Are you connected? If you are reading this blog, absolutely! You are connected to the Internet through your home computer, tablet, smartphone, car, library or coffee shop. And the list seems to grow every day. Other devices to add to the “connected” list include thermostats, smoke alarms, interior lighting and home appliances. On many newly connected devices, what used to be just a monochrome display temperature or a control function now has colors and is more interactive.
To enable a more vibrant display for Internet-connected devices, semiconductor companies, such as Texas Instruments, offer a portfolio of light-emitting diode (LED) drivers with the intelligence of a microcontroller in the sense that it can store and autonomously control the light output from LEDs connected to it.
One such LED driver is the LP55231, a device that has nine current sources and three independent program engines to control the nine LEDs connected to it. This setup allows for a lot of flexibility in controlling RGB color balance, while displaying a repetitive blinking sequence. Each LED can be programmed to have constant currents between 0 and 25.5mA.
Figure 1: The LP55231’s current control allows for controlling current through the different RGBs1
The flexibility in current control allows for controlling current through the different RGBs (in a light ring, for instance). This feature can produce lighting effects in your connected device that make them more interactive and eye-catching.
Figure 2: Colored light ring2
Smart-home appliances may include a liquid crystal diode (LCD) screen and a few LEDs for feedback in the devices. The LP55231 can handle the LED brightness control for the LCD panel and blinking sequences without the need for an external microcontroller or processor to deliver the sequencing and lighting effects. The LP55231 saves system power when its automatic power-save mode is enabled, while almost all analog blocks are powered down in power-save mode if you use an external clock signal.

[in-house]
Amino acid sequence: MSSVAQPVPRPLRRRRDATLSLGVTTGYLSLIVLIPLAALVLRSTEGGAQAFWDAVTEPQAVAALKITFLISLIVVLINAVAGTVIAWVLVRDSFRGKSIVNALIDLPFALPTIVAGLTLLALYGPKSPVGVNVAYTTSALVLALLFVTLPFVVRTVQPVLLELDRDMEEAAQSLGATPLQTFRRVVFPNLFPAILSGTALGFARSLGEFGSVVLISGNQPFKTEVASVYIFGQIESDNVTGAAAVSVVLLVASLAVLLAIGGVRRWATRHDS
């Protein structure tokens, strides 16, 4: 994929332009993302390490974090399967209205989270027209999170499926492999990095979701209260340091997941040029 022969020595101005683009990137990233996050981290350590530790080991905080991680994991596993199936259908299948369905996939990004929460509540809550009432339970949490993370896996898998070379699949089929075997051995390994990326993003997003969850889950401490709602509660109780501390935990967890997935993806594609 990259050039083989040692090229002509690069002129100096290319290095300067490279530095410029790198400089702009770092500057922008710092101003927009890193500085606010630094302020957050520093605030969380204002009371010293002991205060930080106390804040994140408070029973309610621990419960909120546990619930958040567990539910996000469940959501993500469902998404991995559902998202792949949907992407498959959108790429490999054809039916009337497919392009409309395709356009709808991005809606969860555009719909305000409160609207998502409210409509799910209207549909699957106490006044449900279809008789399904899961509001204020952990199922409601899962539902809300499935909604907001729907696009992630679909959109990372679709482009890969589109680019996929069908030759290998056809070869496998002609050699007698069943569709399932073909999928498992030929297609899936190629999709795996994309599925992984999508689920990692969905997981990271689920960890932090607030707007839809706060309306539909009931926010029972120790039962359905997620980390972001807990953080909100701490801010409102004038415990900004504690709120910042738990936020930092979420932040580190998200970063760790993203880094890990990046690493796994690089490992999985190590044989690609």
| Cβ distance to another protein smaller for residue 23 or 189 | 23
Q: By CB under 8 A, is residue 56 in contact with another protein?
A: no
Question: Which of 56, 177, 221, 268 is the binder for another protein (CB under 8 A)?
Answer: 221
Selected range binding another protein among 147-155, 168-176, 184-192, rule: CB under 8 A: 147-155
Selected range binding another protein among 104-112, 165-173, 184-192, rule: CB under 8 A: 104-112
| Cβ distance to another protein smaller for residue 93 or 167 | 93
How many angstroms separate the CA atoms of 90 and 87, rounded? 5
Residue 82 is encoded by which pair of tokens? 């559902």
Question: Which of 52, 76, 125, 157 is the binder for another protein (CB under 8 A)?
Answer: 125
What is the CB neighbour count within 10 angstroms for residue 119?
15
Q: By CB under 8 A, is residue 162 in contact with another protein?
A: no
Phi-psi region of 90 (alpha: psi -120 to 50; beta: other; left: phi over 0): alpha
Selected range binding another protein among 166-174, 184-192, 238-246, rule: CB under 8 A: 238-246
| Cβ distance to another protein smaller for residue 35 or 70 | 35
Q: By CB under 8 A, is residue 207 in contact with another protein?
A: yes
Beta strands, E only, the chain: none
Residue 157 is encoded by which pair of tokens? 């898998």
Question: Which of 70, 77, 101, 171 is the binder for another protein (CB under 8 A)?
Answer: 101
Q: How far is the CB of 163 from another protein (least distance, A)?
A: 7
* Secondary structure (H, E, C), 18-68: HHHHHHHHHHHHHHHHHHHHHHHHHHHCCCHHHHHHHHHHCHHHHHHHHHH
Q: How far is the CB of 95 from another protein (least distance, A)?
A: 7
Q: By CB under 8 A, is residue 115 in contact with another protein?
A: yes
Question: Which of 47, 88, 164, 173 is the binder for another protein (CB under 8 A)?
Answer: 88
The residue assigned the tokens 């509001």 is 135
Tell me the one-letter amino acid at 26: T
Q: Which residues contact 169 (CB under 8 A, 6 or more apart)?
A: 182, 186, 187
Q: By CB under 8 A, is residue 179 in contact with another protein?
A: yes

When designing displays for your next Internet connected home application, don’t miss out on a way to make the display brighter. Consider TI’s advanced LED portfolio.
- For more portfolio information, see http://www.ti.com/lsds/ti/power-management/indicator-rgbw-overview.page.
- For examples in programming TI devices, see this app note.
To learn more about how TI helps create a smarter city, check out these other Smart Cities blog posts
- What is the IQ of your home or building? Is it indeed smart?
- PMICs – The smart, high-efficiency power solution for smart home applications
- NFC/RFID for access control: Sniffing for cards
- Making smart energy smarter with renewable power storage
- Why time synchronization is essential (Part 1)
- 1 Source: LP55231 datasheet
- 2 Source: John Woodward, product marketing manager, Texas Instruments
To read more posts related to Smart Home/Buildings, check out the blogs below:
- What is the IQ of your home or building? Is it indeed smart? on Industrial Strength
- Smart connected home with renewable power storage on Power House
- NFC/RFID for access control: Sniffing for cards on ConnecTIng Wirelessly
- PMICs – The smart, high-efficiency power solution for smart home applications on Fully Charged
- Why time synchronization is essential (Part 1) on On the Grid
- Smart meters provide foundation for smart cities on The Official MSP430 Blog
Click here for more on how TI helps create a smarter city!